No dolphins were hurt in the making of a powerboat race in the Bay of Islands, but planning for next year's event will involve ensuring better protection of marine mammals.

Northland Conservation Board Chair Mita Harris said the board shared Department of Conservation and other agencies' concerns about possible disruption the New Zealand Offshore Power Boat Race - dubbed Thunder in the Bay - caused the endangered bottlenose dolphins' environment.

Preliminary reports from the Coastal-Marine Research Group at Massey University, state that bottlenose dolphins and young calves were present in and around the race course last Saturday.

"High-speed power boat racing in key dolphin habitat inherently creates a significant risk of collision between dolphin and speedboat," Mr Harris said.

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"The consequences of the animals being exposed to high levels of noise emitted by these vessels are also of concern.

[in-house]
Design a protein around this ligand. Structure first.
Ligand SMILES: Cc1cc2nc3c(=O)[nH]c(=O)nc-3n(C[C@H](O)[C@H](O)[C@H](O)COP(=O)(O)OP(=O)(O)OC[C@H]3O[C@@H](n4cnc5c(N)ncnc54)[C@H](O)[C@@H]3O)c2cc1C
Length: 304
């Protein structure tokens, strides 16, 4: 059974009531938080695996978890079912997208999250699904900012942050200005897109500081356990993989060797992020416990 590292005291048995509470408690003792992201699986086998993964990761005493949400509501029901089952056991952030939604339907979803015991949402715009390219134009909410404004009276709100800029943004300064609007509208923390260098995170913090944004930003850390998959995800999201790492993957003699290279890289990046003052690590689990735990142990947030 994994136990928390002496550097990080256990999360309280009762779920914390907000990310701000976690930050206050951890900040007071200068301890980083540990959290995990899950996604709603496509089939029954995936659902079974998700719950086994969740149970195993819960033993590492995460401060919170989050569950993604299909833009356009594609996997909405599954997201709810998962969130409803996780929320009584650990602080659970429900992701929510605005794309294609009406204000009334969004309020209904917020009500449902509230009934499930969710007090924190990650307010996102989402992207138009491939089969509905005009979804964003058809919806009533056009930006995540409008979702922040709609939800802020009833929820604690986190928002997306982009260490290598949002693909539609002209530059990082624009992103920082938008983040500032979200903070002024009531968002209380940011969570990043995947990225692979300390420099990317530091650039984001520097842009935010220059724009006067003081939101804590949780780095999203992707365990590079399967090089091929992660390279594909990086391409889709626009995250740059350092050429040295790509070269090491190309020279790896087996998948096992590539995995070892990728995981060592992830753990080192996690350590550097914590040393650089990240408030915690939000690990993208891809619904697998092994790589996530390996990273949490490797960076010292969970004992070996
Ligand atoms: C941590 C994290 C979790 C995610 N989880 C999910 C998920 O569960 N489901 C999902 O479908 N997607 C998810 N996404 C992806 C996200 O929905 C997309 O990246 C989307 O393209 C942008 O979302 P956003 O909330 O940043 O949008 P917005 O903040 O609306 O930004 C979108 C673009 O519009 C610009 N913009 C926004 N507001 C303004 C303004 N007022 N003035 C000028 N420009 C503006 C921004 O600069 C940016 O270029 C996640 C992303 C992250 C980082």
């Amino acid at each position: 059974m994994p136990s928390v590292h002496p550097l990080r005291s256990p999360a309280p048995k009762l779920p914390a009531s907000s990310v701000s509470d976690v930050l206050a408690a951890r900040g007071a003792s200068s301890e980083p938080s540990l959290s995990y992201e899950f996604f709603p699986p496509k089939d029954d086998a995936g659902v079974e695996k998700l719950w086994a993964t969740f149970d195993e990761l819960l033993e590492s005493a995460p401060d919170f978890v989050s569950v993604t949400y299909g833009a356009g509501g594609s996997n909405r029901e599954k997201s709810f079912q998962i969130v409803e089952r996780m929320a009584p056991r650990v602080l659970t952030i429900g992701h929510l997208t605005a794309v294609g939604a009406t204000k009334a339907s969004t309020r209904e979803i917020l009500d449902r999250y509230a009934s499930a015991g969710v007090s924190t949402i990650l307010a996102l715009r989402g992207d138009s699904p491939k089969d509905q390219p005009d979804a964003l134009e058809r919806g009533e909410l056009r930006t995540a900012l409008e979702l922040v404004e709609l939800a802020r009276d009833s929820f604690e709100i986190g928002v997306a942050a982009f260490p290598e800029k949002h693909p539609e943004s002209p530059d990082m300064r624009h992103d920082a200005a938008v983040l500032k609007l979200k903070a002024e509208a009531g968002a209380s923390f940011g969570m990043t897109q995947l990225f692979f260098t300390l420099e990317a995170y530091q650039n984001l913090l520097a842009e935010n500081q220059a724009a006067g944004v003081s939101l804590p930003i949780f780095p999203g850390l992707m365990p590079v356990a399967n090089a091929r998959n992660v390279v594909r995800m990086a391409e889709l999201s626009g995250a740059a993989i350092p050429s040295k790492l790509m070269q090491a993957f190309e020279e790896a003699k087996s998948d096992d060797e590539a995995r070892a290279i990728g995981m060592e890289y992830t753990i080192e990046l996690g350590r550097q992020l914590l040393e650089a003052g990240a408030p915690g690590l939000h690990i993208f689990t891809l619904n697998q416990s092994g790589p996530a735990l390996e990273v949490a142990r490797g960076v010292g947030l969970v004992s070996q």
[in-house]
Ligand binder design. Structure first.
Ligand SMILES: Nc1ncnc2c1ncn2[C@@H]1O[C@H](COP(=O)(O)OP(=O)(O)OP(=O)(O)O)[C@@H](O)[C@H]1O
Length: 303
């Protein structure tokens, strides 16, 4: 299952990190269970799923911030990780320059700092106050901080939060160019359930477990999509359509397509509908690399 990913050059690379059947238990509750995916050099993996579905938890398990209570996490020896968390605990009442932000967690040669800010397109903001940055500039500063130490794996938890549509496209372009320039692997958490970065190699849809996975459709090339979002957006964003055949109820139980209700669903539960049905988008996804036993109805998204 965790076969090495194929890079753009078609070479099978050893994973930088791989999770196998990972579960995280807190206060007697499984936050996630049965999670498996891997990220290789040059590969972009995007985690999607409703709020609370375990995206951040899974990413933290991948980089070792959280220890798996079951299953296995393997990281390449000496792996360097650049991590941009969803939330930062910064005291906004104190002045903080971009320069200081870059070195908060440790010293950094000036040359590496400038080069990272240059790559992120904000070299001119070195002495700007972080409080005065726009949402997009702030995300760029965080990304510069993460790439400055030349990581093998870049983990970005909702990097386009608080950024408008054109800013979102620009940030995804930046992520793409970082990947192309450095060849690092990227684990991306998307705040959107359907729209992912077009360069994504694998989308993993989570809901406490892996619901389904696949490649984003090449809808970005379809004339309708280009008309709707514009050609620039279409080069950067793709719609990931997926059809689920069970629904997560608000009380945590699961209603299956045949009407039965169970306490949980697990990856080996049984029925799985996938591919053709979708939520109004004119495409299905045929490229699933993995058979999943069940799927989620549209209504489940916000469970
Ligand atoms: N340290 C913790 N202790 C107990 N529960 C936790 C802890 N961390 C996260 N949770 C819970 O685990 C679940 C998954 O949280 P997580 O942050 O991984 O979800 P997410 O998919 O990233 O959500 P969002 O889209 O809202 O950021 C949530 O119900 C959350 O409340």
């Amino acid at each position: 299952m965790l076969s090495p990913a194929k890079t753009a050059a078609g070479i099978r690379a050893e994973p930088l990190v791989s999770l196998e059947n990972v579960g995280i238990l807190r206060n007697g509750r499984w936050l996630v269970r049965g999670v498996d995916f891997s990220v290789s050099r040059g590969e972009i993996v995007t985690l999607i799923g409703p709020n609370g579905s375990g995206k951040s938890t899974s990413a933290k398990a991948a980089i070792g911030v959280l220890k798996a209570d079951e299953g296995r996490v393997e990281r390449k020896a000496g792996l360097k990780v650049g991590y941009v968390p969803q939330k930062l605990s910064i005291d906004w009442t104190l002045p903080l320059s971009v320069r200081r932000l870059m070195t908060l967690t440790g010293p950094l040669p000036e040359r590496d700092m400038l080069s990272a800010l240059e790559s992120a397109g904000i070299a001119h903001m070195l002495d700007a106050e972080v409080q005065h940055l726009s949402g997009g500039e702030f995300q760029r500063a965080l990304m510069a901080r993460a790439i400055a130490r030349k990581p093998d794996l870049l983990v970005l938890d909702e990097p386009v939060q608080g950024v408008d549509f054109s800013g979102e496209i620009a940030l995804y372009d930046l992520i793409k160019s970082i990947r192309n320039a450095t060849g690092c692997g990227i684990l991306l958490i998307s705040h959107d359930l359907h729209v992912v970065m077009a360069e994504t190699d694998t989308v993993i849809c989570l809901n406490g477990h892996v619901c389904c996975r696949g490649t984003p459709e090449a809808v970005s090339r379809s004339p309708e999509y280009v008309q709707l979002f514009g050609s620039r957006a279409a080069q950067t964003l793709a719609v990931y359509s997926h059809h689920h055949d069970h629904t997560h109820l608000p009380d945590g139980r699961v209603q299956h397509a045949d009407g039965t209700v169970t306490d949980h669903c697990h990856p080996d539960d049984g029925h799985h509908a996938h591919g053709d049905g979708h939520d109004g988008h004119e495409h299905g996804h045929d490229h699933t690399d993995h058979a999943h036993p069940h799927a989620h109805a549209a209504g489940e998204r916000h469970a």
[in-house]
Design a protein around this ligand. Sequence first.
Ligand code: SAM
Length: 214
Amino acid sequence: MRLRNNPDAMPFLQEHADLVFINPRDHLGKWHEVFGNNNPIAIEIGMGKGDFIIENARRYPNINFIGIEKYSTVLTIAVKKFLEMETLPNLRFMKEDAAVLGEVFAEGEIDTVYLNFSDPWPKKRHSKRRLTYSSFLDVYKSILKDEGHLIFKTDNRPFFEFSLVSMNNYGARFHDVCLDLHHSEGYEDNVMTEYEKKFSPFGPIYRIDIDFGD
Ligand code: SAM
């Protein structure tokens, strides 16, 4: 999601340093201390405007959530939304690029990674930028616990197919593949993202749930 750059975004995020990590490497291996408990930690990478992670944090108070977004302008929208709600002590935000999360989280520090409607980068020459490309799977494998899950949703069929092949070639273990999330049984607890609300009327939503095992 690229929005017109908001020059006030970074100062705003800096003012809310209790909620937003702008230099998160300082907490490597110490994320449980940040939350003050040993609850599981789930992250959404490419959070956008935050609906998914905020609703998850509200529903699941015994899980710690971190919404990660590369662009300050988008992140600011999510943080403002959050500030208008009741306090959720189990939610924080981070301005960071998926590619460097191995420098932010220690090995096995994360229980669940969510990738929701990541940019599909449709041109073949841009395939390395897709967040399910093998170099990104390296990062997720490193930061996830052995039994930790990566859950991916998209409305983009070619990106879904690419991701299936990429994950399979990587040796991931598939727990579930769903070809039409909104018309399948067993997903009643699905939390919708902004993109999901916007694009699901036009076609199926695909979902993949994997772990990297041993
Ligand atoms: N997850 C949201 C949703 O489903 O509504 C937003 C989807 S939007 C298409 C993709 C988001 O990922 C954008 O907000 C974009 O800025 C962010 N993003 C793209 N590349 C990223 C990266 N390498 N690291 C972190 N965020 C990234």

"The local population is declining at 7.5 per cent annually and calf mortality is very high at 42 per cent. We cannot afford to lose even just one of these precious mammals."

Mr Harris said collisions of vessels with bottlenose dolphins do occur and often result in severe injury to or death of the animal.

The variety of effects of noise on whales and dolphins had also been well-documented.

"Marine mammals are protected by law.

"Commercial marine mammal viewing operators generally take due care and they have procedures in place that regulate marine mammal encounters.

"Apart from the obvious need to protect the Bay's marine mammals for conservation reasons, a significant portion of the Bay of Islands' tourism economy is also reliant on healthy dolphin populations frequenting the area," he said.

In planning future races it was important to weigh up the risks to marine mammals, conservation efforts, and the local tourism interests against the economic benefits this event brings to the region, Mr Harris said.

A different location or time of year, outside of the calving season, could be a solution to safeguard marine mammals.